Dr. Schrader: There are 2 courses, each of which is approximately 12 hours. The initial course is designed to teach indications, contraindications, strokes, handholds, patient positioning, and treatment sequences. The second course is more diagnosis specific and involves more advanced treatments with motion. My personal opinion is that this is a skill like many other manual techniques. Some people will become proficient relatively quickly, whereas others may struggle for a period of time.
Dr. Konin: What is a typical treatment like in terms of length of time and patient expectations?
Dr. Greenstein: So much of the application is related to specific patient biomechanical and functional issues. A patient with shoulder pathomechanics and pain may have multiple tissues that need to be addressed. I would say 30 to 60 seconds, maximum, per tissue location. Further, depending on how acute the problem is may determine the length of treatment.Patient expectations are about as individual as snowflakes if you really do a thorough history and assess the patient’s true goals. We are very clear in our communication to patients about what to expect from GT in terms of pain during treatment, soreness after treatment (which we try to ameliorate via modalities and cryotherapy-ice/Biofreeze [Hygenic Corporation, Akron, Ohio]) and prognosis. The key is to encourage regular feedback from the patients so communication is flowing not just from provider to patient, but also from patient to provider.
Dr. Schrader: This is a little difficult to answer because it depends on the diagnosis and what areas along a myofascial system may be involved in the condition. If there are multiple areas and a protracted history, the length of a visit many not necessarily be abnormal, but the areas to be treated may have to be broken up by days. This is easily accomplished in that the protocol for chronic conditions recommends 48 to 72 hours between visits; therefore, you can still see someone 3 times per week, but you may be addressing alternate sites each visit. Total treatment time with the instruments is typically no more than 8 to 20 minutes. The other components will vary depending on treatment environment, equipment, and so on. Highly compliant patients can do a substantial amount of the protocol as a home exercise program.I usually explain to my patients that the treatment is to tolerance and therefore may be uncomfortable but should not be painful. They can anticipate the possibility of some bruising (if pro-inflammatory approach) and it may be tender to touch the treated area. They may have mild discomfort posttreatment, and if they do, they should use over-the-counter pain relievers as they would for a headache. In addition, I will explain to them to not anticipate immediate improvement, as it will generally take 4 to 6 treatments before significant changes occur.
Dr. Konin: Is the technique typically combined with other therapeutic approaches, or is it best performed in isolation to achieve successful results?
Dr. Greenstein: YES! It MUST be performed with other approaches. In my 18+ years of clinical experience, there is no magic bullet. Evidenced-based clinicians use a multi-modal approach to neuro-musculoskeletal health. The GT training program specifically discusses the importance of controlling pain through modalities and cryotherapy and the importance of dynamic/functional and static stretching and appropriate exercise prescription that includes, but is not limited to, proprioceptive training, endurance, muscle activation timing and sequencing enhancement, and strength.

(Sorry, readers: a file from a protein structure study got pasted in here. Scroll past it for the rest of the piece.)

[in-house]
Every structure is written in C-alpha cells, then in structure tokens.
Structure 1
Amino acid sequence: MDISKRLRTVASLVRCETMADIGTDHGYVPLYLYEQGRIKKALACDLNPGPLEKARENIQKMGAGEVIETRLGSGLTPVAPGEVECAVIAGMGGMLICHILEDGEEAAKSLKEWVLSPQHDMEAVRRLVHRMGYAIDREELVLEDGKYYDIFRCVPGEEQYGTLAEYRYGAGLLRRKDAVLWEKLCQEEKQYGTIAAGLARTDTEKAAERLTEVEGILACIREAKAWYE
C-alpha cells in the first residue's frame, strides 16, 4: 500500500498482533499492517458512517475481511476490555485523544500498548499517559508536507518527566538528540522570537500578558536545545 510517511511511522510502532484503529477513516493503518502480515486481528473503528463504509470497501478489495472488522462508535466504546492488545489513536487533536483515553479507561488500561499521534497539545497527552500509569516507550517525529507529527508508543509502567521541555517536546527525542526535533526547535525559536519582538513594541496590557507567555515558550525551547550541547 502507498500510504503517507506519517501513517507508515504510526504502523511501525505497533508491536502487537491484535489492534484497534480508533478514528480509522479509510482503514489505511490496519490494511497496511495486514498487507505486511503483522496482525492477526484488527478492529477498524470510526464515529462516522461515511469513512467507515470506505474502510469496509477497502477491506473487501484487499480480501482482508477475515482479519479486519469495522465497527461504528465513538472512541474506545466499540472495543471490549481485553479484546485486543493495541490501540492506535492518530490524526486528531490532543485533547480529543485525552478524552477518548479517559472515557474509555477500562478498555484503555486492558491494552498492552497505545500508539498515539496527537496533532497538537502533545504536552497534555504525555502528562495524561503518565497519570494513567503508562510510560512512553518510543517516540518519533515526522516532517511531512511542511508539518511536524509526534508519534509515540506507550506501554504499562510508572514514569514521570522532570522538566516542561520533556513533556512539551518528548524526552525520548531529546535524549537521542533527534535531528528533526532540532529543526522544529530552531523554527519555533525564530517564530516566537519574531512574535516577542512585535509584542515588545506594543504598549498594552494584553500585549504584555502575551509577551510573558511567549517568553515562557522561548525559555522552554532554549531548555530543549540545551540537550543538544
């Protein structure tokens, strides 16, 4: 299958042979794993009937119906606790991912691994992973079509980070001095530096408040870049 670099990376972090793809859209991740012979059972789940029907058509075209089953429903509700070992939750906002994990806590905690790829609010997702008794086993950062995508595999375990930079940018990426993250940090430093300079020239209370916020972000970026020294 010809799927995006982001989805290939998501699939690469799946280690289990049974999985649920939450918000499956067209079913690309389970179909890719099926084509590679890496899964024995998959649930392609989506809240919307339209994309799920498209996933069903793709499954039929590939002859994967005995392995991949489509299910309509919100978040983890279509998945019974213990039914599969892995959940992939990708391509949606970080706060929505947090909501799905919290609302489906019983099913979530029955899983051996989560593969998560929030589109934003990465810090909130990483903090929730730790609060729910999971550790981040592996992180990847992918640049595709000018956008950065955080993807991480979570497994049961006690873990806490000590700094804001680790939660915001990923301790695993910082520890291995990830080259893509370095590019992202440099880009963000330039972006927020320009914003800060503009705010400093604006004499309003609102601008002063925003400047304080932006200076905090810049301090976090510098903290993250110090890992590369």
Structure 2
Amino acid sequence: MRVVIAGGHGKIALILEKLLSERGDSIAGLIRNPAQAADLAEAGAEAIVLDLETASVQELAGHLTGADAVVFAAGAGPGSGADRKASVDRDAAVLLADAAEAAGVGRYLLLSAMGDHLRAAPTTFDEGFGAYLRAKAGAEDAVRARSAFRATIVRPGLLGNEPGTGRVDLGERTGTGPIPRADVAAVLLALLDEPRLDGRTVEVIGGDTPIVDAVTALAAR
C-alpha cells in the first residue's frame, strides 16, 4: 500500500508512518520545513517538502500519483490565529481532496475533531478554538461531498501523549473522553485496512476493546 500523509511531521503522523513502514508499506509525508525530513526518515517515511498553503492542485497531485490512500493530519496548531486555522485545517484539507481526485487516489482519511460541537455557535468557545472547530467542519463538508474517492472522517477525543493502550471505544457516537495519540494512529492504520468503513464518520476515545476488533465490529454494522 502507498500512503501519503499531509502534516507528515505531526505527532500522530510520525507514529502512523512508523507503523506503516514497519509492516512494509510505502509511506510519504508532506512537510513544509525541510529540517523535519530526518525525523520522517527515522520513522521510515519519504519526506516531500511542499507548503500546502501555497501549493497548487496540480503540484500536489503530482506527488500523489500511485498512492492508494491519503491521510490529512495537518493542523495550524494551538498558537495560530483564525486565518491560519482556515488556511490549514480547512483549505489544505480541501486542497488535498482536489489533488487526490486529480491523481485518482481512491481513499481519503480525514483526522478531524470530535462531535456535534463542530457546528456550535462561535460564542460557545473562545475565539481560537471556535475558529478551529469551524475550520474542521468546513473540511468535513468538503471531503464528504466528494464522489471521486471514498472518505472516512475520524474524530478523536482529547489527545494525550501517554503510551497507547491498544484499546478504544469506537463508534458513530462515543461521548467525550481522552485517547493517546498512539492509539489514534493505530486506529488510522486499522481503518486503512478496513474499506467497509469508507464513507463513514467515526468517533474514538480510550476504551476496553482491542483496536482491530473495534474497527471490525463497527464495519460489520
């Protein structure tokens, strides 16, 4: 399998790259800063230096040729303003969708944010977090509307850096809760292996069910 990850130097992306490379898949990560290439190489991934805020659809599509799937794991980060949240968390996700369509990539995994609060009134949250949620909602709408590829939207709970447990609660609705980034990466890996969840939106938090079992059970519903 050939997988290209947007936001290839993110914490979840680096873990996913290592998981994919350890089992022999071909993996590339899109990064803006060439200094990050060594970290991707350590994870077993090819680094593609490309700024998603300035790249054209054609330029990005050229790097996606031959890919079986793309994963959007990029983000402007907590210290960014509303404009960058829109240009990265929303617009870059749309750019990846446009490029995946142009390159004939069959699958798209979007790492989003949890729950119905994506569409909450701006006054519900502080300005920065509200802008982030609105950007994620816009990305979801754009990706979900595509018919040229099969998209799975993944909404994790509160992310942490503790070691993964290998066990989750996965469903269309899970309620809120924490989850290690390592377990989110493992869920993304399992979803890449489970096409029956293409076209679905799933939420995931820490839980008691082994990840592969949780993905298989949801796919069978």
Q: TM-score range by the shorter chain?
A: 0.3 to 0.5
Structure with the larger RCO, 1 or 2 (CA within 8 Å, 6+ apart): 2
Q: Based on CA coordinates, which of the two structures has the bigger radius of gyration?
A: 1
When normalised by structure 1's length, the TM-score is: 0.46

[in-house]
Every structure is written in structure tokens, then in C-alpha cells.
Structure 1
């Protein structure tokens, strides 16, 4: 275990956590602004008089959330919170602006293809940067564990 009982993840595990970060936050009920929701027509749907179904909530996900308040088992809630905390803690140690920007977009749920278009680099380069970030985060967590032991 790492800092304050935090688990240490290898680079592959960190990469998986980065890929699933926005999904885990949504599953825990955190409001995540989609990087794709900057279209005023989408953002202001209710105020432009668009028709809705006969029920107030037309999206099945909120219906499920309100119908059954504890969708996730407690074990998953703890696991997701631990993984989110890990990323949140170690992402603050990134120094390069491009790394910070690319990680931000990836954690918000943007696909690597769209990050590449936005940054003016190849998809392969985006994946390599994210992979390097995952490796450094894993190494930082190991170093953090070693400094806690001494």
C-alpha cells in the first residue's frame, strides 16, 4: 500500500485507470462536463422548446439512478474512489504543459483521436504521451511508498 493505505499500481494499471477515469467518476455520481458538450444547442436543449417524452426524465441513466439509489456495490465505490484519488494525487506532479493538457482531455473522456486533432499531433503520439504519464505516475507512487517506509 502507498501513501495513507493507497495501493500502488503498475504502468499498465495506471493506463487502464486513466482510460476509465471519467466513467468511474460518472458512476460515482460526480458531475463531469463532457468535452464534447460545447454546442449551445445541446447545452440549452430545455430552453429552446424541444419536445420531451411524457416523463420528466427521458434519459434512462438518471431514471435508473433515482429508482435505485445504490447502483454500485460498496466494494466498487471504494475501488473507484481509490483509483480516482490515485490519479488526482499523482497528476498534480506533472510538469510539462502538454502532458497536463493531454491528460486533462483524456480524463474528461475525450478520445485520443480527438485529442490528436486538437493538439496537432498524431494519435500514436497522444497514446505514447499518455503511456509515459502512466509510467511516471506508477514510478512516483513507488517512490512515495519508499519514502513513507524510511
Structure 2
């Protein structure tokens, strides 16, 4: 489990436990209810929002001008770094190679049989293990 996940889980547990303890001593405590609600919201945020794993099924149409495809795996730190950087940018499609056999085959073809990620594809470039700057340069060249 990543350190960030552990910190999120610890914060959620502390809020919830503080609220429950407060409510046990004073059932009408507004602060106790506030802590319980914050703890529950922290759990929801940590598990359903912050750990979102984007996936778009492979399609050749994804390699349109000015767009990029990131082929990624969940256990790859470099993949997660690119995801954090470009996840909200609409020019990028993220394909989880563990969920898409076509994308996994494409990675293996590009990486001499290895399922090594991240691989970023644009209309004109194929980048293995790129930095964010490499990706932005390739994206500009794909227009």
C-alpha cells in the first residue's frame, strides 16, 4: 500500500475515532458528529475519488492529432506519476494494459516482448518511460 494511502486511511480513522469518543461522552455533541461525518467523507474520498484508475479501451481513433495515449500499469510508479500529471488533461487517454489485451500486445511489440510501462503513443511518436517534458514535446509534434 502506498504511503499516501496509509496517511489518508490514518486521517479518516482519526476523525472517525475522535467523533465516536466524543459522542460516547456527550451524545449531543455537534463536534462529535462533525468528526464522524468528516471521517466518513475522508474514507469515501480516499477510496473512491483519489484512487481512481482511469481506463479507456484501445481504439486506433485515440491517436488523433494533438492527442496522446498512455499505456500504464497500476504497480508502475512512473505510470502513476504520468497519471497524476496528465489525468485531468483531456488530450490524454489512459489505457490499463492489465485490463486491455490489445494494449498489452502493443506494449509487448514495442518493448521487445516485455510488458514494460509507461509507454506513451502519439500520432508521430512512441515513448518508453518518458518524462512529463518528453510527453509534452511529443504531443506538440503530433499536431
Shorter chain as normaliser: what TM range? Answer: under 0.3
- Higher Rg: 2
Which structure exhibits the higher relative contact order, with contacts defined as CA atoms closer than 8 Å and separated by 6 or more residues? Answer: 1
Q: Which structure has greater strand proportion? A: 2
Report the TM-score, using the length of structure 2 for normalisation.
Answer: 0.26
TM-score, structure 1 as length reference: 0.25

Dr. Schrader: The GT can be combined with other approaches as long as the clinician considers the cumulative effects. As an example, many hand therapists incorporate iontophoresis into their treatment paradigm. The GT can be incorporated into other protocols easily. A number of manual therapists and chiropractors will use GT prior to mobilization or manipulation. It is a soft tissue mobilization technique that can be incorporated like other soft tissue techniques.
Dr. Konin: How do you see the GT becoming more utilized in the future?
Dr. Greenstein: As the demand for advanced soft tissue treatment increases, providers will recognize the need to have as many “instruments in the instrument box” as possible to treat the vast range of conditions that our patients present with. More clinical trials need to occur to develop a better understanding of which conditions have the best outcome with GT being part of the multi-modal approach. I think that this technique, which seems to be mainly utilized in the clinic setting, will also start to expand to sport venue settings to get athletes back into competition sooner.
Dr. Schrader: I have found this to be an incredibly fascinating technique with very good outcomes. I have treated patients who did have a soft tissue component to their problem whom I honestly didn’t think would get much benefit from the treatment. Much to my surprise, they frequently identified GT as helping decrease their pain.As the technique has grown in usage, I think it will be utilized in a variety of ways. Muscle facilitation, acute injury noninflammatory approaches, and scar management are a few of the uses that are currently beginning to be reported.
This Clinical Roundtable was conducted January 10, 2011.